Even if we were all wise, all discerning, all venerable, all knowledgeable in Torah – it would still be a commandment for us to tell of the departure from Egypt. For whoever tells of the departure from Egypt at length is praiseworthy.*

“The exodus from Egypt is a focal point of ancient Israelite religion. Virtually every kind of religious literature in the Hebrew Bible--prose narrative, liturgical poetry, didactic prose, and prophecy--celebrates the exodus as a foundational event. Israelite ritual, law, and ethics are often grounded in the precedent and memory of the exodus,” according to Ronald Hendel, writing in The Exodus in Biblical Memory. “In the Decalogue, Yahweh identifies himself as the one ‘who brought you out of the land of Egypt, out of the house of bondage’ (Exodus 20:2 ; Deuteronomy 5:6). In the covenantal language of this passage and many others, the deliverance from Egypt is the main historical warrant for the religious bond between Yahweh and Israel; it is the gracious act of the great lord for his people on which rests the superstructure of Israelite belief and practice. In some texts (and featured prominently in the Passover Haggadah), the historical distance of the exodus event is drawn into the present by the elastic quality of genealogical time.”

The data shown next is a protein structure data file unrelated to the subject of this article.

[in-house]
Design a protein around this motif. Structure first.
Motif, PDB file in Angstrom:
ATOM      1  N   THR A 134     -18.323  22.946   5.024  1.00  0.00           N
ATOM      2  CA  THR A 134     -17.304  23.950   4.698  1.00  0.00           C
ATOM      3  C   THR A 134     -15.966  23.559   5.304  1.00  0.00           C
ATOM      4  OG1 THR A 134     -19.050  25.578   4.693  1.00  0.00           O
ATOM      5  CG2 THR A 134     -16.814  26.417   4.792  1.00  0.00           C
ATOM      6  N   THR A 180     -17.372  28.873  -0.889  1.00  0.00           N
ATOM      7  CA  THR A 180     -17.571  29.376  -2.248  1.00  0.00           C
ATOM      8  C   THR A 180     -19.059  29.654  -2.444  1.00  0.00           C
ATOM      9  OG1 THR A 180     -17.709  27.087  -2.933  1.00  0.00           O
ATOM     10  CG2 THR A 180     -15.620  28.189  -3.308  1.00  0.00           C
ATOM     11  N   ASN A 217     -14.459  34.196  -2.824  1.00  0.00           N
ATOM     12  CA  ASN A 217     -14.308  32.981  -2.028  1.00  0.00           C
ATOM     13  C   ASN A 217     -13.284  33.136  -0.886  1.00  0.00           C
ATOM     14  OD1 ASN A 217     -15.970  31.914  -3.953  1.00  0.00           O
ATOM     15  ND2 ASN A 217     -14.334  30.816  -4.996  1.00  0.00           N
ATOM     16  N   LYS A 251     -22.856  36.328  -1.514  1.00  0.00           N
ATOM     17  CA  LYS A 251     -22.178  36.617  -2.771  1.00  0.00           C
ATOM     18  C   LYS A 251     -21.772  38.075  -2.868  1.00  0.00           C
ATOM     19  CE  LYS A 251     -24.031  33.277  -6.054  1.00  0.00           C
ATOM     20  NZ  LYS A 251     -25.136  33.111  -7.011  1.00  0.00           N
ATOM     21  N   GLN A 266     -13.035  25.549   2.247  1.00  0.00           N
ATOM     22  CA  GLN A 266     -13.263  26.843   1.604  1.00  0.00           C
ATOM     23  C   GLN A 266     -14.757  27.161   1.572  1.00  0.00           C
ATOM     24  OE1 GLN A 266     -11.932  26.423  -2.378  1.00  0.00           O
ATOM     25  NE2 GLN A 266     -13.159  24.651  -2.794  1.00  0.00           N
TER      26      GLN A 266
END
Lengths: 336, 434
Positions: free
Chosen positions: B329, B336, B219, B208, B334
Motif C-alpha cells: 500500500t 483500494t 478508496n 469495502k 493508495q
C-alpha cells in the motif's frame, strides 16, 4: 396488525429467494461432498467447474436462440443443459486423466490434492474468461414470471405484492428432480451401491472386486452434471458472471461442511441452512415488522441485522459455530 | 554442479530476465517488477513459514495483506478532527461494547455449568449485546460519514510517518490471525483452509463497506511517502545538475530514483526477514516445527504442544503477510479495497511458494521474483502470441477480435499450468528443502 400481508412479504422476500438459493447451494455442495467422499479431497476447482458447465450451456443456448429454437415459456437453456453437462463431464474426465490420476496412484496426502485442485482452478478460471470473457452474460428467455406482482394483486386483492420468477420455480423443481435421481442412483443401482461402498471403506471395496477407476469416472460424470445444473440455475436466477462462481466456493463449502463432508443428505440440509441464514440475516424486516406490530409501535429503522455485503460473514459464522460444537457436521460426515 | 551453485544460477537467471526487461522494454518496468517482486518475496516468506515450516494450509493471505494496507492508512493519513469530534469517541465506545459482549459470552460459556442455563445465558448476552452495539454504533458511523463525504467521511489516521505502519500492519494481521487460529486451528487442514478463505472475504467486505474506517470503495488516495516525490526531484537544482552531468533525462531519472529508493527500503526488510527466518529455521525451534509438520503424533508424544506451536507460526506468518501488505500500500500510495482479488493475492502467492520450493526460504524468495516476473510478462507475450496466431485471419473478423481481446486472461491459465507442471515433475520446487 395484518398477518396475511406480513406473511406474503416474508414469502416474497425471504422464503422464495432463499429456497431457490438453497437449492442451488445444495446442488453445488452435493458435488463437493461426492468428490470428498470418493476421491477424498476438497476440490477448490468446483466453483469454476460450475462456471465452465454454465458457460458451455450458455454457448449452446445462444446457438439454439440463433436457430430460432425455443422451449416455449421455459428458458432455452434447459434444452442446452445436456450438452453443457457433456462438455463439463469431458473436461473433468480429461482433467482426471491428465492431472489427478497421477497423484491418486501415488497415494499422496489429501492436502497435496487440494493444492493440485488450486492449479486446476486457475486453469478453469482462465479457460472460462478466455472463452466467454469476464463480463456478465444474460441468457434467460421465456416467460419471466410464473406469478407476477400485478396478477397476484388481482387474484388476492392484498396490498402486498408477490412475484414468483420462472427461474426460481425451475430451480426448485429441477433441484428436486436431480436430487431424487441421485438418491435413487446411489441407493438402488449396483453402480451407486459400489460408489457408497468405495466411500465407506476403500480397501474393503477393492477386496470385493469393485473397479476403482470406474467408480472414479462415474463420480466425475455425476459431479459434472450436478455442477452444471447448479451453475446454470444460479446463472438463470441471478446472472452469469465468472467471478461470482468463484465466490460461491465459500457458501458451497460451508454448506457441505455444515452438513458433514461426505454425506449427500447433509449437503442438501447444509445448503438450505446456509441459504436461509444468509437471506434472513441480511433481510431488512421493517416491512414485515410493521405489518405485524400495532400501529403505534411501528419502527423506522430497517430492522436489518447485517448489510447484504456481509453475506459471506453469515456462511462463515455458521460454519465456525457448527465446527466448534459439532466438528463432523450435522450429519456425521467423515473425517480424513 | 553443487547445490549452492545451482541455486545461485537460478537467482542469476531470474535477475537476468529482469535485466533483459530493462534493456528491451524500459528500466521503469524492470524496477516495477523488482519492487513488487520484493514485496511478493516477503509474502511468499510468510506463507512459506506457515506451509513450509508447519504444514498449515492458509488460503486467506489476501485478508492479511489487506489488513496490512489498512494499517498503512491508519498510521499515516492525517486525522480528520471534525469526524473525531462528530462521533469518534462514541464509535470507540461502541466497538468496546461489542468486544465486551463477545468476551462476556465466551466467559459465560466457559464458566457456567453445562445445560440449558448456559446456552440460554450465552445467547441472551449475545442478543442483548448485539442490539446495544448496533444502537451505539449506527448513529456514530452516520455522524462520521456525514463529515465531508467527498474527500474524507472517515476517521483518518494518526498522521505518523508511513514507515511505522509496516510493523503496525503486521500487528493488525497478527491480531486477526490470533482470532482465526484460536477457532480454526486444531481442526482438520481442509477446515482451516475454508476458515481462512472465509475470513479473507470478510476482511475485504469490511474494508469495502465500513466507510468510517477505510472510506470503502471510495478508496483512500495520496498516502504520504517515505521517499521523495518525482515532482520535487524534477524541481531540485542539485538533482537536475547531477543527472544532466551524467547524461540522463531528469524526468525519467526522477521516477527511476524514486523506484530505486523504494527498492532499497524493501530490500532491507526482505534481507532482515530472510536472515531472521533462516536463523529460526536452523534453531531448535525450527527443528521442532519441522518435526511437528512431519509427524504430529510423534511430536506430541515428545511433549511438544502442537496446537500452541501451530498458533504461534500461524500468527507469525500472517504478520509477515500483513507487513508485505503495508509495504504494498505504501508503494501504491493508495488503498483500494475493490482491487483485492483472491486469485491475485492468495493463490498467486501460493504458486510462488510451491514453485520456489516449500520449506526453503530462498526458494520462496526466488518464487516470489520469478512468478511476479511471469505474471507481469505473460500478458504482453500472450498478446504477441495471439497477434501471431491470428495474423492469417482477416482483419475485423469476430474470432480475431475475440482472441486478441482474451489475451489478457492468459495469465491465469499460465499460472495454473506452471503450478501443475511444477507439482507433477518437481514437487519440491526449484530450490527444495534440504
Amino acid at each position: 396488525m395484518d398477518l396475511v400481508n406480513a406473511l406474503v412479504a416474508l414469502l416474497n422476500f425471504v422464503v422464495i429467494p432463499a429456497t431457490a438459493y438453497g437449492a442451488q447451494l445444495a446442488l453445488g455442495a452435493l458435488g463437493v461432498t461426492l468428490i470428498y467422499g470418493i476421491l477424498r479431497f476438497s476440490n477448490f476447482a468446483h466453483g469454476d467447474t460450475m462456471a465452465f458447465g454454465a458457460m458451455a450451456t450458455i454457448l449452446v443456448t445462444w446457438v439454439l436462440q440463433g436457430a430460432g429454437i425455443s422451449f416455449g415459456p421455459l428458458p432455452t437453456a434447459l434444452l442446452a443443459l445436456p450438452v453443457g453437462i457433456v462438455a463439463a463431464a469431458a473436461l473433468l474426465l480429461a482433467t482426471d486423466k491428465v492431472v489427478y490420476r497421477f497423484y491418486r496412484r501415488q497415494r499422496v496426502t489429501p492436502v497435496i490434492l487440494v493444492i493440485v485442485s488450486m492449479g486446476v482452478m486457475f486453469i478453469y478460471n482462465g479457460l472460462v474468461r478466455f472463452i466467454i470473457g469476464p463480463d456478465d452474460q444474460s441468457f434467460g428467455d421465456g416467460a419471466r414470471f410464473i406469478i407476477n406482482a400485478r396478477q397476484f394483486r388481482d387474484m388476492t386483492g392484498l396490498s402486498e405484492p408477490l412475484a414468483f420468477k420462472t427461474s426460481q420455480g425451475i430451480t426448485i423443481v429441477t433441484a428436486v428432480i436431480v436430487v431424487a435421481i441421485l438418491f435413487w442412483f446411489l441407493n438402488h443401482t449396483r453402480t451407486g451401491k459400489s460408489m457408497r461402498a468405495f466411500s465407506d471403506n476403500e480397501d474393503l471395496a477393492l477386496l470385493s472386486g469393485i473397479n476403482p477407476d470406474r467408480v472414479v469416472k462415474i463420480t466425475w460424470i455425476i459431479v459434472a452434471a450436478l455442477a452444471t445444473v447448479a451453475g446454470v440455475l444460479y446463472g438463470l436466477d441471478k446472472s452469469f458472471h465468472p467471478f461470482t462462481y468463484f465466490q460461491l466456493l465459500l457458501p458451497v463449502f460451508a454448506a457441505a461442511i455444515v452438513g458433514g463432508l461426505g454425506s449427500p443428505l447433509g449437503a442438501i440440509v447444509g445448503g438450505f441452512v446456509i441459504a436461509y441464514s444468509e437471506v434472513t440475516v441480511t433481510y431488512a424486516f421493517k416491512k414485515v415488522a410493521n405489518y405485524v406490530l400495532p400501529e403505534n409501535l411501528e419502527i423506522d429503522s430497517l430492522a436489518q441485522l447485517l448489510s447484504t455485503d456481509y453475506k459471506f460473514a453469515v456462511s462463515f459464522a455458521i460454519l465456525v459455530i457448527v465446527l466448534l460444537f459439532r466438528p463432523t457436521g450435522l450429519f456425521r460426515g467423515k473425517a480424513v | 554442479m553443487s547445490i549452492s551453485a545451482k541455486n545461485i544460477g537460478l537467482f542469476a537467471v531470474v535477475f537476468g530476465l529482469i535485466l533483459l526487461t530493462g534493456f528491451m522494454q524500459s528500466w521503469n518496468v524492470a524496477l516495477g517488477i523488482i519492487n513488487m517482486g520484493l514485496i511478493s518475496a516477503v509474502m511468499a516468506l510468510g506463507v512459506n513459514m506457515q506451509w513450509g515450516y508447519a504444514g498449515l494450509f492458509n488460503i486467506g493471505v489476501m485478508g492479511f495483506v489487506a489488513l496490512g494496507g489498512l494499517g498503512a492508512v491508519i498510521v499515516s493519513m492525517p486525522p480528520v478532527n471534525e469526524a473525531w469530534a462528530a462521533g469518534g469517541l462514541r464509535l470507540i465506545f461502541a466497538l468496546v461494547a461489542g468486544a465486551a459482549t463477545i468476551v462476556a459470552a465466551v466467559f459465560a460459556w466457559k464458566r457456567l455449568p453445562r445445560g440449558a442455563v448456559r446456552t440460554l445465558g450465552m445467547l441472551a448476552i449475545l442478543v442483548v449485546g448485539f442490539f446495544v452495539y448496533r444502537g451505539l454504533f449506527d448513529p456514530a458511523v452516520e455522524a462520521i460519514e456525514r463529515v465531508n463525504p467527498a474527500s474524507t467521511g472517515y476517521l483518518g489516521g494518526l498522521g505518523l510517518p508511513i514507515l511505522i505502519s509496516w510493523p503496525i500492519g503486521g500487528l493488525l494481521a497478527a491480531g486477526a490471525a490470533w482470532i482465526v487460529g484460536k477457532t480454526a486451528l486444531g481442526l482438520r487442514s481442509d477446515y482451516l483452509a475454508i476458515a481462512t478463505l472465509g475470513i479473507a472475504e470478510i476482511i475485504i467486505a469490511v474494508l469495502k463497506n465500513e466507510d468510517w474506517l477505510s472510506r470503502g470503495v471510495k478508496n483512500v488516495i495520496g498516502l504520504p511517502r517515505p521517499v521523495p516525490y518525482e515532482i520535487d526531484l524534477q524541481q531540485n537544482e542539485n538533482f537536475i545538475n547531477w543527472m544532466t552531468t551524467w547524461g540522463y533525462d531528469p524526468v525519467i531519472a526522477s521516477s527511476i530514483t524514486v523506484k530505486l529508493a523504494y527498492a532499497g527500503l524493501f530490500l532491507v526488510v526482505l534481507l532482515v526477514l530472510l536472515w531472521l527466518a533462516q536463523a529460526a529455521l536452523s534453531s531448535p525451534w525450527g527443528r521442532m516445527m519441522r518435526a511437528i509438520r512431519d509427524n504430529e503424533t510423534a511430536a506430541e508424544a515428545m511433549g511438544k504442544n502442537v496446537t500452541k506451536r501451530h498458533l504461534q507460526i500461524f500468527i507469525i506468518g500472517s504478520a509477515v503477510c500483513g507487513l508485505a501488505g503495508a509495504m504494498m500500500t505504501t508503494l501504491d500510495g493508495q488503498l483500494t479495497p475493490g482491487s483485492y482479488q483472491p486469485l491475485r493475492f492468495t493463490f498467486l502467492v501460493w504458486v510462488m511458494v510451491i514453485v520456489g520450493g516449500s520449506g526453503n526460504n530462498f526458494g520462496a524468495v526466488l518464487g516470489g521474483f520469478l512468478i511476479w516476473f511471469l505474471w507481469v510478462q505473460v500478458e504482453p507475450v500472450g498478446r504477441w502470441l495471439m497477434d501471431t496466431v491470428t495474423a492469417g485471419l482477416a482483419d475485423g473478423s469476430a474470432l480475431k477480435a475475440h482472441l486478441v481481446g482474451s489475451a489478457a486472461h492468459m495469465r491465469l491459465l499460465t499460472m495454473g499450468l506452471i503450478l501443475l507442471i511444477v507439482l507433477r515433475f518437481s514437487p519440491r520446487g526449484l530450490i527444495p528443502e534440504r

In every generation one must regard oneself as having personally gone out from Egypt. As it is said, “You must tell your child on that day, ‘(All this) is because of what the LORD did for me when I left Egypt’” (Exodus 13:8). The Blessed Holy One did not redeem only our ancestors, He redeemed us too along with them.*

Every spring, in Jewish homes around the world, the Passover seder (Jewish ritual feast that celebrates the beginning of this holiday) both commemorates and reenacts the ancient journey from Egypt to the Promised Land, from slavery to freedom. Just as each participant imaginatively experiences the miraculous deliverance of centuries ago, so the old tale of captivity, servitude and rescue has become a timeless symbol of liberation from all misfortune and oppression.

This year we are slaves; next year may we be free.*

In its existential actuality, the Exodus, more than any other event of the Hebrew Bible, embodies William Faulkner's adage: "The past is never dead. It's not even past."

*from the Passover Haggadah

Content: Thomas E. Levy, Distinguished Professor, Department of Anthropology and Judaic Studies Program, UCSD; and William Propp, Professor, Department of History and Judaic Studies Program, UCSD

"Moses with the Ten Commandments," Rembrandt (1659), oil on canvas (Source: Google Art Project)